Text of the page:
Daily Archives: November 21, 2021

Seiji ADACHI & Masashi YAMADA : An acoustical study of sound production in biphonic singing, Xöömij

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Seiji ADACHI & Masashi YAMADA : An acoustical study of sound production in biphonic singing, Xöömij

Abstract A theory that the high melody pitch of biphonic singing, Xöömij, is produced by the pipe resonance of the rear cavity in the vocal tract is proposed. The front cavity resonance is not critical to the production of the melody pitch. This theory is derived from acoustic investigations on several three-dimensional shapes of a Xöömij singer’s vocal tract measured by magnetic resonance imaging. Four different shapes of the vocal tract are examined, with which the melody pitches of F6, G6, A6, and C7 are sung, along with the F3 drone of a specific pressed voice. The second formant frequency calculated from each tract shape is close to the melody pitch within an error of 36 cents. Sounds are synthesized by convolving a glottal source waveform provided by the Rosenberg model with transfer functions calculated from the vocal tract shapes. Two pitches are found to be successfully perceived when the synthesized sounds are listened to. In a frequency range below 2 kHz, their spectra have a strong resemblance to those of the sounds actually sung. The synthesized sounds, however, fail to replicate the harmonic clustering at 4–5 kHz observed in the actual sounds. This is speculated to originate from the glottal source specific to the “pressed” timbre of the drone.

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The Journal of the Acoustical Society of America 105, 2920 (1999); https://doi.org/10.1121/1.426905

https://asa.scitation.org/doi/10.1121/1.426905

Researchers Unlocked The Mystery Of Tuvan Throat Singing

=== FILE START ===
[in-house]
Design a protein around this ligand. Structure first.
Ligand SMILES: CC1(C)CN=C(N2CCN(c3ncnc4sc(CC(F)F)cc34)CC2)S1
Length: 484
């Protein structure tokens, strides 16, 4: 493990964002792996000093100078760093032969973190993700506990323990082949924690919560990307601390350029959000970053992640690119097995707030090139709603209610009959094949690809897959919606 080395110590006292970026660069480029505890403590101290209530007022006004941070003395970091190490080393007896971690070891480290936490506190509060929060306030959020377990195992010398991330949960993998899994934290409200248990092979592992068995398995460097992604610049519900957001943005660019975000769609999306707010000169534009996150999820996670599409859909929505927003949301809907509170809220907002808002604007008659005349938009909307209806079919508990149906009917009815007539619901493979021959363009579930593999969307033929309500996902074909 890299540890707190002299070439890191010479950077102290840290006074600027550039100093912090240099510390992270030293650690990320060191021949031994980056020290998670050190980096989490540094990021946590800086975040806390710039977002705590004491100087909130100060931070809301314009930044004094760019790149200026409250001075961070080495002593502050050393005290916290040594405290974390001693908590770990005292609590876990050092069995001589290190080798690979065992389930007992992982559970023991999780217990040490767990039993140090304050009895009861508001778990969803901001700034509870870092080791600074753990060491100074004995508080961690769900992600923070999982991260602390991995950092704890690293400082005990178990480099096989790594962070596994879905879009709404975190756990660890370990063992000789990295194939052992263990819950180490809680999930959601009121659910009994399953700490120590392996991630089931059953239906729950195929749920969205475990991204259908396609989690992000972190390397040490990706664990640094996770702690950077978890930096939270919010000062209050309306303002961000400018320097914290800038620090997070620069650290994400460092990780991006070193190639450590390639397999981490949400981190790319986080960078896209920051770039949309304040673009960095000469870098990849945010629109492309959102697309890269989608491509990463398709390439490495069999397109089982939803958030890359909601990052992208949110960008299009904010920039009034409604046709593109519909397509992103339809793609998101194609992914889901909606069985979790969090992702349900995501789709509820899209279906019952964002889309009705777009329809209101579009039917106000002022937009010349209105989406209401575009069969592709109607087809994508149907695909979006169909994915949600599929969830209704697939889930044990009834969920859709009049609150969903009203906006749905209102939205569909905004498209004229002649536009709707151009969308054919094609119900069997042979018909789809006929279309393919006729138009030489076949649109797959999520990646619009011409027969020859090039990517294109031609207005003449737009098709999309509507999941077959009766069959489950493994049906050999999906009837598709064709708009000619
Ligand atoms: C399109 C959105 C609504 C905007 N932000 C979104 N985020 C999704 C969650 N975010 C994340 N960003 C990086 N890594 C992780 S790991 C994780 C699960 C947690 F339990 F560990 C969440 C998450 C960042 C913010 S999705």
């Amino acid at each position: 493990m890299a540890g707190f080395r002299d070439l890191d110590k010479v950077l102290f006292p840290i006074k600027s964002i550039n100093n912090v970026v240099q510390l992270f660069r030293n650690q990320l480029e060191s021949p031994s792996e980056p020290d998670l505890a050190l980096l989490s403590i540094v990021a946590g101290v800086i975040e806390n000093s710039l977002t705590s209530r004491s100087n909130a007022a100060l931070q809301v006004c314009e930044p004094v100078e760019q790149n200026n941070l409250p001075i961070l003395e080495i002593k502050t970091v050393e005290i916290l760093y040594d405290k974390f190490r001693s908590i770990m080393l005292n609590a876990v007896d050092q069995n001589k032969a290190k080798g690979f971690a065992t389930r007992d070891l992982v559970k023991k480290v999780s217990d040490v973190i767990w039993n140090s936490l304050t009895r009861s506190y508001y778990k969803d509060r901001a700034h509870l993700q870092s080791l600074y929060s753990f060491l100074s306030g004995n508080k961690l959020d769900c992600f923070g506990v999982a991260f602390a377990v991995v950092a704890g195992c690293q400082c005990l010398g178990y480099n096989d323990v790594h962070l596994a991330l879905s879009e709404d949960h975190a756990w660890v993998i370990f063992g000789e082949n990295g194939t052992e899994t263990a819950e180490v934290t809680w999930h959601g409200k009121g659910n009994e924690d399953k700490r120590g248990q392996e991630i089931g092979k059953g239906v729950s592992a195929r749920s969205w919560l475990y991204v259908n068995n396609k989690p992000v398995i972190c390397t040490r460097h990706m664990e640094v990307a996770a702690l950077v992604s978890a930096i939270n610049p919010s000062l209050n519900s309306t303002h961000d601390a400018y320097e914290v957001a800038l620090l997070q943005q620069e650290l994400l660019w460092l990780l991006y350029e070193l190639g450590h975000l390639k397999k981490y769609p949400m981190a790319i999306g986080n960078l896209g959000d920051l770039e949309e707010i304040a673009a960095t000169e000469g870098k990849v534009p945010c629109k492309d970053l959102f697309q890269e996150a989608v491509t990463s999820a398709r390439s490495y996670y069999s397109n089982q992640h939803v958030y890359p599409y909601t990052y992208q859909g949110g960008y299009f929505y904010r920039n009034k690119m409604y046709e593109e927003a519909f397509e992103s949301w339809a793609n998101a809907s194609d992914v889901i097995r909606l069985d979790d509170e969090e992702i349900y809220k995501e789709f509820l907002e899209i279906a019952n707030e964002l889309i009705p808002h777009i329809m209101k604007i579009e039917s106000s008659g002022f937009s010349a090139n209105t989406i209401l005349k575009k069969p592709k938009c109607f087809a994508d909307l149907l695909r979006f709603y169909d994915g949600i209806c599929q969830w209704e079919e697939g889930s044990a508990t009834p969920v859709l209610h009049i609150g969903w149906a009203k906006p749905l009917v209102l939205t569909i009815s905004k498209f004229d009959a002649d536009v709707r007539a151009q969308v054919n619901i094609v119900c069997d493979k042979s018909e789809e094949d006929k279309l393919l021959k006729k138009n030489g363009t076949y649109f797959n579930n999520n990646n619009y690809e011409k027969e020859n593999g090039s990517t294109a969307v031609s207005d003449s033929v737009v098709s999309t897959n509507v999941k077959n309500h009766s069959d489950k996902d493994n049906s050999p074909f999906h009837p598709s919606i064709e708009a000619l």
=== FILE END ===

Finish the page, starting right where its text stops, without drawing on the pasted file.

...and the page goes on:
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Researchers Unlocked The Mystery Of Tuvan Throat Singing

Researchers Unlocked The Mystery Of Tuvan Throat Singing

An international research team has unlocked the mystery of how Tuvan throat singers from Mongolia produce different sounds in which you can hear two different sounds simultaneously. Fascinated by this form of throat singing from central Asia, known as Khoomei, researchers from Western, York University and the University of Arizona examined the vocals of the members of the Tuvan performing group. The researchers observed that Tuvan singers were able to uniquely compress their vocal tract one at the front of their mouth using their tongue and another at the back of their throat to produce dual sounds. The Tuvans have been famous for making sound through such precise control of their vocal track that they can sort of tease these things out and produce concurrent sounds.

Disclaimer: The above article has been aggregated by a computer program and summarised by an Steamdaily specialist. You can read the original article at scienceblog

https://steamdaily.com/researchers-unlocked-the-mystery-of-tuvan-throat-singing/

MIKAYLA MACE: Researchers Solve Mystery of Tuvan Throat Singing

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Researchers Solve Mystery of Tuvan Throat Singing